Rhabdomyolysis treatment, causes of Rhabdomyolysis, symptoms of Rhabdomyolysis


  • Posted on- Oct 07, 2016
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Rhabdomyolysis is a disorder that involves rapid breakdown of skeletal muscle, due to an injury. As a result the components of the skeletal muscle cells are released into the blood stream. These may include phosphate, potassium and myoglobin. The protein myoglobin is found in the urine. However, destruction of skeletal muscle can increase the myoglobin levels in the urine which can damage the kidneys. The skeletal muscle is a type of muscle in our body, and is made up of muscle fibres. It helps to move the skeleton at joints. The muscles of arms and legs contain skeletal muscle cells.

The kidneys perform the functions of filtering the blood. But as the blood is overloaded with the by-products (myoglobin, potassium) of skeletal muscle breakdown, the kidneys may find it extremely difficult to perform its daily task. This can result to kidney failure.

Causes of Rhabdomyolysis

Rhabdomyolysis occurs with muscle injury. There are a number of factors responsible for causing injury to muscles. Metabolic syndrome such as ketoacidosis that are marked by excessive production of ketone bodies can also induce damage to the skeletal muscles. Other causes are given below:

Exercise: Severe exercise or following a rigorous exercise program can disintegrate the skeletal muscle. Extreme muscle activity may injure the muscles. A prolong strenuous exercise such as running in marathons can be harmful to the skeletal muscles.

Diseases: Medical conditions such as severe asthma, seizures, severe hyperthyroidism or too much diarrhoea or vomiting can lead to rhabdomyolysis.

Trauma: Trauma such as a car accident, lightning strike or an electric shock can result into rhabdomyolysis.

Alcoholism: Consuming alcohol increases the urinary rate and dehydrates the body, in turn making the muscles weak. Moreover, it hinders protein production, crucial for muscle growth. If this was not enough, drinking alcohol can also impair synthesis of testosterone, a hormone that assists in building muscles. Thus, binge drinking on a daily basis is likely to severely damage the skeletal muscles and may even destroy the muscle mass. No wonder, alcoholics face an increased risk of suffering from rhabdomyolysis.

Seizures: As we all know, seizures are characterised by repetitive movement of skeletal muscles. In most cases, the duration of seizures vary from a few seconds to a minute or two. However, if seizure activity continues for prolonged periods of time (more than 5 minutes), it can induce breakdown of skeletal muscles, eventually leading to rhabdomyolysis.

Heatstroke: Doing a physically taxing job for a considerable amount of time in the hot sun increases the body temperature above 104 degree Fahrenheit, a condition commonly referred to as heatstroke. Initially, a person affected with heatstroke experiences muscle cramps and headache but with no treatment and continued exposure to the sun the skeletal muscle fibre may rupture, causing rhabdomyolysis.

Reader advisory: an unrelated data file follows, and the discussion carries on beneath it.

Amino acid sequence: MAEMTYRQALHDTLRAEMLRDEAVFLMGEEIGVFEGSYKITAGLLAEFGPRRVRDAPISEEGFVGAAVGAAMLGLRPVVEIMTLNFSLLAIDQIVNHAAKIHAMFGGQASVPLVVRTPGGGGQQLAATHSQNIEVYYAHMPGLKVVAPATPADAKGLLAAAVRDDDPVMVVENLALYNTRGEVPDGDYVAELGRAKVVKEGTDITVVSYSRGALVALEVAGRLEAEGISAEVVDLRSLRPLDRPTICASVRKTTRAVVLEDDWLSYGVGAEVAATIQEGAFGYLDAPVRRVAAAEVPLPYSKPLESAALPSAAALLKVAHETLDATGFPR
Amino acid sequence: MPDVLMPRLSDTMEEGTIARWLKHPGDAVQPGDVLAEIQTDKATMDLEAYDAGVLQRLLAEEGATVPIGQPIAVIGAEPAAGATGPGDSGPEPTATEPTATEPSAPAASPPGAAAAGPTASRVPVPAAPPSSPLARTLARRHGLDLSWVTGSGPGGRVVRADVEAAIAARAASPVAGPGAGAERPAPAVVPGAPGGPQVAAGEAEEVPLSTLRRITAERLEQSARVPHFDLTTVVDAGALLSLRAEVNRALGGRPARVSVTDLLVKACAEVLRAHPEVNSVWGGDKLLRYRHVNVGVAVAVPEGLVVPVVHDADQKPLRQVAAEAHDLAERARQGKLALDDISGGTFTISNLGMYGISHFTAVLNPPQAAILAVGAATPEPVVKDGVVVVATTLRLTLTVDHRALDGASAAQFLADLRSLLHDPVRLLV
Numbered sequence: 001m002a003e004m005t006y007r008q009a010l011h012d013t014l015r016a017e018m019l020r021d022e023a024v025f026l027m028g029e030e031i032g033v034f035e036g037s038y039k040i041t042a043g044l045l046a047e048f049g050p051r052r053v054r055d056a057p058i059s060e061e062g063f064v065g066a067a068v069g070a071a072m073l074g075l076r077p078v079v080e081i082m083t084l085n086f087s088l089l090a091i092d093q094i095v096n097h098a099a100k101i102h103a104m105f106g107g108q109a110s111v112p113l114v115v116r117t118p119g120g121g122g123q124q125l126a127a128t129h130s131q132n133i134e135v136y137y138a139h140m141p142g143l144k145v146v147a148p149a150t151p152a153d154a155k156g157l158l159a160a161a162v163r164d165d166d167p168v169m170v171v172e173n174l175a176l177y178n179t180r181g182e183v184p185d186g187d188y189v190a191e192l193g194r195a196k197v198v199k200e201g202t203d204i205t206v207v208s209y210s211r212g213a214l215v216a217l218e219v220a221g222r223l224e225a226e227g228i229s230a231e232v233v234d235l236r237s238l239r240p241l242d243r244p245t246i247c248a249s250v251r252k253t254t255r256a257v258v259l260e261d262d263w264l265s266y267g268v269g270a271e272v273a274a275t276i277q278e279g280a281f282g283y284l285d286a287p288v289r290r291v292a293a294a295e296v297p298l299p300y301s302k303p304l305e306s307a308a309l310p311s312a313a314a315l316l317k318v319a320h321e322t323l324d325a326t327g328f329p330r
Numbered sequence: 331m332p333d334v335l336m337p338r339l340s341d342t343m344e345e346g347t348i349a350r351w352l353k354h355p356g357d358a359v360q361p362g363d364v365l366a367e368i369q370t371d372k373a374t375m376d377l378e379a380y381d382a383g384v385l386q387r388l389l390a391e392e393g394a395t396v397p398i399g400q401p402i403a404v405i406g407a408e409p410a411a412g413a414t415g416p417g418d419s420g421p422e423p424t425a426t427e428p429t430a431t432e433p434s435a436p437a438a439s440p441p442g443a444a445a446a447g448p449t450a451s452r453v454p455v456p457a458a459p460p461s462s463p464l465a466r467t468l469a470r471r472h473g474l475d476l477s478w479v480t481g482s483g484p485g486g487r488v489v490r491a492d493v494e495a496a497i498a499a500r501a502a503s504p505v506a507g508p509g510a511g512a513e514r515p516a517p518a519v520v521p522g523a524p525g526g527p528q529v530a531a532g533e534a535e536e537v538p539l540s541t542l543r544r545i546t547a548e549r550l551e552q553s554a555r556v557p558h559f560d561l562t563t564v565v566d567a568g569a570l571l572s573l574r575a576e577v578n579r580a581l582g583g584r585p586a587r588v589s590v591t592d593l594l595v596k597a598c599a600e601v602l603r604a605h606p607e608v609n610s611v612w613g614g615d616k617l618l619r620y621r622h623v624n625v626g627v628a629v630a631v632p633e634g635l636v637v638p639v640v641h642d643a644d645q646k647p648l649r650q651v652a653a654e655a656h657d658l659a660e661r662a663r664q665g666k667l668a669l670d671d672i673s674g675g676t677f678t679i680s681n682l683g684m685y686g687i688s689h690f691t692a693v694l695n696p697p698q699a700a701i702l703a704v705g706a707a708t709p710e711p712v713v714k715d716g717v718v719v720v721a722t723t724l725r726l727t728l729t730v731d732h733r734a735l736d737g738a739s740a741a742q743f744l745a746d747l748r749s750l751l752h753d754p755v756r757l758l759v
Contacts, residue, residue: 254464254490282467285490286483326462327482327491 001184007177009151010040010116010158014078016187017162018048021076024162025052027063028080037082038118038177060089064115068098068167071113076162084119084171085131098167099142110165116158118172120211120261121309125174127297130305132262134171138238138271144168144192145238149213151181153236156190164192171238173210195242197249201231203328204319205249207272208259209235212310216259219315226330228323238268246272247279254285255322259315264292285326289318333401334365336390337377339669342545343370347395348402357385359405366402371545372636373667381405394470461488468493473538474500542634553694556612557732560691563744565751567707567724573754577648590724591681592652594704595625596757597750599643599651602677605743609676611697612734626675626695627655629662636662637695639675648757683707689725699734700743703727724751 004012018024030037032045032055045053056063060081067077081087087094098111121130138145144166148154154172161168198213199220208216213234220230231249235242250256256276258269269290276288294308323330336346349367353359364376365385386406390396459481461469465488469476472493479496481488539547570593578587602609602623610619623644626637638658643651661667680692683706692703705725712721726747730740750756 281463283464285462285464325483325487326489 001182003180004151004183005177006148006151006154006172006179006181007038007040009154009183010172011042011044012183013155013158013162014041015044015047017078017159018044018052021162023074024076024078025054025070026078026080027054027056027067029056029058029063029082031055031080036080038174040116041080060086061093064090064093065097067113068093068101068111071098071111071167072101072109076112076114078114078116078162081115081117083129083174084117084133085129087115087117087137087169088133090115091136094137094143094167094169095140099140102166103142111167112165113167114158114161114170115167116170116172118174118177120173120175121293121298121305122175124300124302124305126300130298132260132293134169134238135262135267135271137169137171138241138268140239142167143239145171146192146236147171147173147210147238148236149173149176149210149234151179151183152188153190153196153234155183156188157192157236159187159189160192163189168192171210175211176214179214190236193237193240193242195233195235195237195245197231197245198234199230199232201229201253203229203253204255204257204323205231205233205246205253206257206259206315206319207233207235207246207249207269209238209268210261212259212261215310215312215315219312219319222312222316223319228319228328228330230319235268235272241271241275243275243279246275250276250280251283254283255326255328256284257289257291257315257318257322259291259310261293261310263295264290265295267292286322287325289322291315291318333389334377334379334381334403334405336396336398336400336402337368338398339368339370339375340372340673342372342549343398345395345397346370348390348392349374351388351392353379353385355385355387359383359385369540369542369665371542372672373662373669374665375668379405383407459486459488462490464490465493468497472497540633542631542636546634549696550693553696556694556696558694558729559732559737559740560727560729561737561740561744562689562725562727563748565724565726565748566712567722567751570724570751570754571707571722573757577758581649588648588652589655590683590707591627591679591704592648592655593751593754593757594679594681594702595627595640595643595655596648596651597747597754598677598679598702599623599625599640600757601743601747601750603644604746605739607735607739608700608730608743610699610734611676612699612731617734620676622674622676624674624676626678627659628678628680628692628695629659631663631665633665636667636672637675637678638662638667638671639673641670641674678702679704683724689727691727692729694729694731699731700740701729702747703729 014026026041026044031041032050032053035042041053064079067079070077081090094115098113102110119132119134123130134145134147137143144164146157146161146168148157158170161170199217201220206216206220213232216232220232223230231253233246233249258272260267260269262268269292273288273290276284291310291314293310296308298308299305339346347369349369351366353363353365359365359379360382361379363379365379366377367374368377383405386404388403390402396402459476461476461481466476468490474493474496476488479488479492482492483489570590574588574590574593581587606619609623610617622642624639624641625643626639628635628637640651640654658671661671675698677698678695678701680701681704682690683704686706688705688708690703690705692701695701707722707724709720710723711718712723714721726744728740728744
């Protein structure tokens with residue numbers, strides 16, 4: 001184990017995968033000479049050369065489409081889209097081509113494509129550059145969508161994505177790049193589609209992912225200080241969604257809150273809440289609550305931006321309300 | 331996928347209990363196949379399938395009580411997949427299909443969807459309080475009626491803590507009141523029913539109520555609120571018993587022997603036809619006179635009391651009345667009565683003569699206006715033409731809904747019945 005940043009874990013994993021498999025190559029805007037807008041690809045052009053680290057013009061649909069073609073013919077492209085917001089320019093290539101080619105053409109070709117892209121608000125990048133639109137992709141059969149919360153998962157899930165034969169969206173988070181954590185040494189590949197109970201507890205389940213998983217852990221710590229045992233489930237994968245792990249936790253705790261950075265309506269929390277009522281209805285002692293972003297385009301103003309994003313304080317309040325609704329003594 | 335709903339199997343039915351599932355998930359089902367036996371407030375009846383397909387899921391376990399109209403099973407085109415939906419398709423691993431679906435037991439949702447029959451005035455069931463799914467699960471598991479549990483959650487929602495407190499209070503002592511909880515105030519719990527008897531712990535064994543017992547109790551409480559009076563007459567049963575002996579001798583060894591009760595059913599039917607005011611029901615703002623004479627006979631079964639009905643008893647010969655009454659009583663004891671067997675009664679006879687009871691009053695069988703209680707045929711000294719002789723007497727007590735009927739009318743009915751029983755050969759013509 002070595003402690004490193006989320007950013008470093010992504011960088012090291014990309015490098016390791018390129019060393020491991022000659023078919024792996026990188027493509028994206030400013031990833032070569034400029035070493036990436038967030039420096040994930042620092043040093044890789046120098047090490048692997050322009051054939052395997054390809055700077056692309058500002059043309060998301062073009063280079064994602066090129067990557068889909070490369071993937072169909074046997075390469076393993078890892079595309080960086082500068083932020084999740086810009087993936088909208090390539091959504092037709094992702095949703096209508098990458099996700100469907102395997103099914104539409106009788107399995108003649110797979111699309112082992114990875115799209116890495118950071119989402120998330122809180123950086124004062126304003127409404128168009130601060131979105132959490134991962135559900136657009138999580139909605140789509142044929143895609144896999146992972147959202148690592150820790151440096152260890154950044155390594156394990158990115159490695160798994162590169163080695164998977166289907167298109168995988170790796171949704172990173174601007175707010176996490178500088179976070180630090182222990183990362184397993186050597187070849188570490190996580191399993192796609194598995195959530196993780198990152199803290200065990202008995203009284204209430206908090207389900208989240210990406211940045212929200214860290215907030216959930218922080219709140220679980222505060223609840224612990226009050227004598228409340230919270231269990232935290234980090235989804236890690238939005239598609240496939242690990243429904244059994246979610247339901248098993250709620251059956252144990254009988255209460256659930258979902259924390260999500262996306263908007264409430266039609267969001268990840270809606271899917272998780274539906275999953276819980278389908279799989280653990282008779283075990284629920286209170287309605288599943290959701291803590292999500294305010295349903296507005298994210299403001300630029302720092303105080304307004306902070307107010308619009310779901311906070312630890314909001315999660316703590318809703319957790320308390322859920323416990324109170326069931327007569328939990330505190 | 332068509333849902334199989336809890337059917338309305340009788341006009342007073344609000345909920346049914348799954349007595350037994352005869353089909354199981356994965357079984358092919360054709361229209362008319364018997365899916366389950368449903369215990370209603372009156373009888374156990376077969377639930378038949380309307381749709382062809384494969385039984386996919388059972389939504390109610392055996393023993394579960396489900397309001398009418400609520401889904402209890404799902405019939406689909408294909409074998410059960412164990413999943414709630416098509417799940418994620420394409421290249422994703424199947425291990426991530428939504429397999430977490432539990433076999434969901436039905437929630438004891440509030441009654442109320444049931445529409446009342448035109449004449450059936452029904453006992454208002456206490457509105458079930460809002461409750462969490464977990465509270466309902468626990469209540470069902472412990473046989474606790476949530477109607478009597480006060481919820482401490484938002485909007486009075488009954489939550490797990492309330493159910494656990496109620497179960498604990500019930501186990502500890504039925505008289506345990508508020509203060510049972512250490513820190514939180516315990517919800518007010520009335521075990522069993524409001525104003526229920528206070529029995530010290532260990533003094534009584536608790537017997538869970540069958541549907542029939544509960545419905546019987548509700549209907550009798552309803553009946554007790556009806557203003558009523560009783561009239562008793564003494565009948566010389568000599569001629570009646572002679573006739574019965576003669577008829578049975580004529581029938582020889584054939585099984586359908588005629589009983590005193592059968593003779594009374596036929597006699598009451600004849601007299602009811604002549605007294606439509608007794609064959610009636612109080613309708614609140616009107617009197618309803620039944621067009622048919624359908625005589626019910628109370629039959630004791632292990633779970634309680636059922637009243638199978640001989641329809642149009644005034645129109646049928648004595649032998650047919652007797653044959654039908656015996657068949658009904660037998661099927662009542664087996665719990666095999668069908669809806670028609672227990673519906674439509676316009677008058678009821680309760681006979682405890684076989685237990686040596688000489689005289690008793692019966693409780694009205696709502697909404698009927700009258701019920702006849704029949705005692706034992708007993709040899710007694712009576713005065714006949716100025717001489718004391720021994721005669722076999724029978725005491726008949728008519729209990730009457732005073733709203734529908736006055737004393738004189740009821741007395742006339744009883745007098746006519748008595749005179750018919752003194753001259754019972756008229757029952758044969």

Medicines: Statins given to high cholesterol patients, may damage the muscles. Statin medications often cause muscle aching. Overdose of diuretics (water pills) or aspirin is harmful, as it causes an electrolyte imbalance. Anti-cholesterol medicines, antidepressants or illegal drugs such as opiates, ecstasy and amphetamines may damage the muscles. Scientists believe that certain cholesterol lowering drugs such as crestor, clofibrate and gemfibrozil, may cause rhabdomyolysis. Crestor has also been linked to renal failure.


People having rhabdomyolysis often experience pain, swelling and weakness in their arms, legs or lower back. Other symptoms associated with this disease are as follows:

Over time, rhabdomyolysis can harm the lungs, leading to breathing problems. Swollen hands and feet point towards fluid retention, which may be due to kidney failure.


Once the doctor diagnoses the condition, rapid treatment is a must to get a positive outcome. An easy way to prevent life-threatening complications from skeletal muscle disintegration is to practice generous hydration as early as possible.

Patients are treated with intravenous hydration, where fluids are administered directly into the blood vessels via a catheter (tube). This reduces the harmful side effects of myoglobin. The increase in the amount of fluids due to intravenous hydration helps the kidneys to get rid of myoglobin.

Blood Transfusion: In this procedure, the patient is given fresh blood via an intravenous line. Blood transfusion is done to replace the blood containing high amount of myoglobin and other substances with healthy blood.

Dialysis: This is a technique in which toxic substances are removed from the blood. This method is used only when the kidneys are not able to do their task of cleaning the blood. The dialysis machine is used to filter the blood. Dialysis may be required for a short period or for the rest of the life depending upon the severity of the condition.

Surgery: Surgical procedure involves cutting the tissues that cover the muscles. This reduces the pressures on the nerves and blood vessels caused by the inflammation of the injured muscle.

Proper hydration is essential after conditions that involve injury to the skeletal muscle. Also, after a strenuous exercise, one must not forget to consume plenty of fluids. This is necessary to dilute the urine, and eliminate the myoglobin protein out of the kidneys. With prompt treatment, severe complications can definitely be avoided, thereby increasing the chances of complete recovery.


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